[Image-SIG] Group4 Tiff Decoder?

Glenn Linderman v+python at g.nevcal.com
Mon May 25 22:26:41 CEST 2009

On approximately 5/20/2009 5:34 AM, came the following characters from 
the keyboard of Fredrik Lundh:
> On Tue, May 19, 2009 at 9:52 PM, Greg Taylor <gtaylor at clemson.edu> wrote:
>> Googling around, I keep seeing mention over the years that PIL has no Group4
>> tiff decoder. I saw mention of a patch for PIL 1.1.4, but it doesn't look
>> like this ever made it into upstream. Perhaps I haven't dug deep enough, but
>> can anyone enlighten me to what the situation is currently with Group4 Tiff
>> decoding? I'd love to be able to use PIL for some mission critical stuff at
>> work, but this is a show-stopper due to our setup.
> The patch depended on too many libtiff internals for me to feel
> confident that it was a good idea to add it to PIL's standard
> distribution; 

So if a patch were produced that depended only on published libtiff 
APIs, would it be likely to be accepted?  I'm not sure I'm capable of 
producing such a patch, unfortunately, because I've never looked at PIL 
internals, and I've shuddered every time I've looked at libtiff APIs... 
but if it would be considered a useful addition to PIL, perhaps someone 
would, or perhaps someday I would.  I mean, it would certainly be useful 
to me, but there is no point in thinking further along this line if it 
is already known that the any TIFF G4 patch would be rejected because of 
some negative perspective regarding the utility of adding support for G4 
to PIL.

> there are a few other bindings, but none that feels
> complete enough.

I don't understand this remark.  What are the other bindings, and what 
feels incomplete about them?  Were someone to want to follow up, to 
produce a PIL-G4 capability, to see if it would be better to start from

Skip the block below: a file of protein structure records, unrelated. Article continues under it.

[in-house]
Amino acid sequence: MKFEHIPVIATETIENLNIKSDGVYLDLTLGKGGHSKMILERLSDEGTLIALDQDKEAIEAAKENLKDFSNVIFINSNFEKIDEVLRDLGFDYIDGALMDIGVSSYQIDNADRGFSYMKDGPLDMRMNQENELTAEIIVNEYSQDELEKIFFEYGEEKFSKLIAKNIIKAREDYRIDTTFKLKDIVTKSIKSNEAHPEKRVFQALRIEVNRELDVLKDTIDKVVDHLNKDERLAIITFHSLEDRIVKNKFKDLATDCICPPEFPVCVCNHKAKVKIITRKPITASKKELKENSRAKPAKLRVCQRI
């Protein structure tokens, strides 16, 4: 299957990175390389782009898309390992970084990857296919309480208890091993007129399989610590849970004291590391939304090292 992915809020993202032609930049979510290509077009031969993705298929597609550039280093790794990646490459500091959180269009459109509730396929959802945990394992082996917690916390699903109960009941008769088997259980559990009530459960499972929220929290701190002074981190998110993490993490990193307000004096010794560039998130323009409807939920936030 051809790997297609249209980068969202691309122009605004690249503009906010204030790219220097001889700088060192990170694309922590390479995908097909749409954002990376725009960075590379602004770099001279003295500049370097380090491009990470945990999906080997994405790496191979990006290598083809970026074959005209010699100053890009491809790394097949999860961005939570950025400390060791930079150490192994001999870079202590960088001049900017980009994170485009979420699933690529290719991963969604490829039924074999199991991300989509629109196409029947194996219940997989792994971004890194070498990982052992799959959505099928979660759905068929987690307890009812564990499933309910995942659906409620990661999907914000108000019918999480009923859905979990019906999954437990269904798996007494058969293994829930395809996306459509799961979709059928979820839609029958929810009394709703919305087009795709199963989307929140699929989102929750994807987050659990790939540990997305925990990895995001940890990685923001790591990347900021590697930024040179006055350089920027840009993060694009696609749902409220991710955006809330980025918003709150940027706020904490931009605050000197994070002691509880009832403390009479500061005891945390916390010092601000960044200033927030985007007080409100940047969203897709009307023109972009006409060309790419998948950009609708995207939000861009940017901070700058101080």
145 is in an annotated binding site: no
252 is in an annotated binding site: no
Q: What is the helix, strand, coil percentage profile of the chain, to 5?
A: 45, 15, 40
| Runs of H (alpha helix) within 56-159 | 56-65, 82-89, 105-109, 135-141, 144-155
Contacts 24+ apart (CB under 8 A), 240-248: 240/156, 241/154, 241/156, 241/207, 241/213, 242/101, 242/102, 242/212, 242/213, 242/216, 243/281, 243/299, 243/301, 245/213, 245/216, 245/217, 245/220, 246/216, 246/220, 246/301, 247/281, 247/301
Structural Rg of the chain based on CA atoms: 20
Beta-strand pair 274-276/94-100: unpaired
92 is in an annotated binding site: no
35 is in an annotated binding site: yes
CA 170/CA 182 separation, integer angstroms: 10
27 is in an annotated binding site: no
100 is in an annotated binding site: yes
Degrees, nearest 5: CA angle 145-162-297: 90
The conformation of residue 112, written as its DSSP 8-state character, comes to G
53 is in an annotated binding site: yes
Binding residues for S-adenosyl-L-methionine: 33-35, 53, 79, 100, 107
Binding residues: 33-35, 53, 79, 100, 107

scratch, or start from one of these bindings, it would be good to better 
understand these "feelings".

> In addition to the solution already posted, you can use "tiffcp -c
> none -r -1 %s %s" % (myfilename, tempfilename) to unpack to a
> temporary file; this is fairly efficient since PIL can then memory map
> the resulting image file.  The tiffcp utility is shipped with libtiff.

This solution seems to produce a way to read TIFF G4 files, but not to 
write them; clearly one could write a temporary TIFF, and then construct 
a tiffcp command to compress it.  But does that then mean shipping 
tiffcp with the application, or depending on its separate installation 
and being able to find it from the application?  If so, that is somewhat 
cumbersome, and error prone.  Also, it adds a requirement for extra disk 
storage, since the compressed files are quite small compared to the 
uncompressed files... I'm not sure I can endorse the "fairly efficient" 
comment, because of the need to write the large uncompressed files to 
disk, if using such a technique.  Of course, for small files (a few 
letter size pages at 300-600 dpi), one at a time, it is not noticeable 
compared to user interaction, but when doing batch processing of book 
files containing hundreds of pages, it is definitely noticeable.

I'm presently using this sort of technique, but only for my own use on 
my own computer, and using ImageMagick which is probably less efficient 
than using tiffcp (but since ImageMagick has a decent Perl API, and I'm 
coming from that background, in Perl I could use ImageMagick APIs rather 
than file manipulations via the command line and the system API).  From 
Python, I should likely convert to using tiffcp for these conversions, 
for a bit of increased performance, but that doesn't solve the 
cumbersome API nor the temporary file issues.

Glenn -- http://nevcal.com/
A protocol is complete when there is nothing left to remove.
-- Stuart Cheshire, Apple Computer, regarding Zero Configuration Networking

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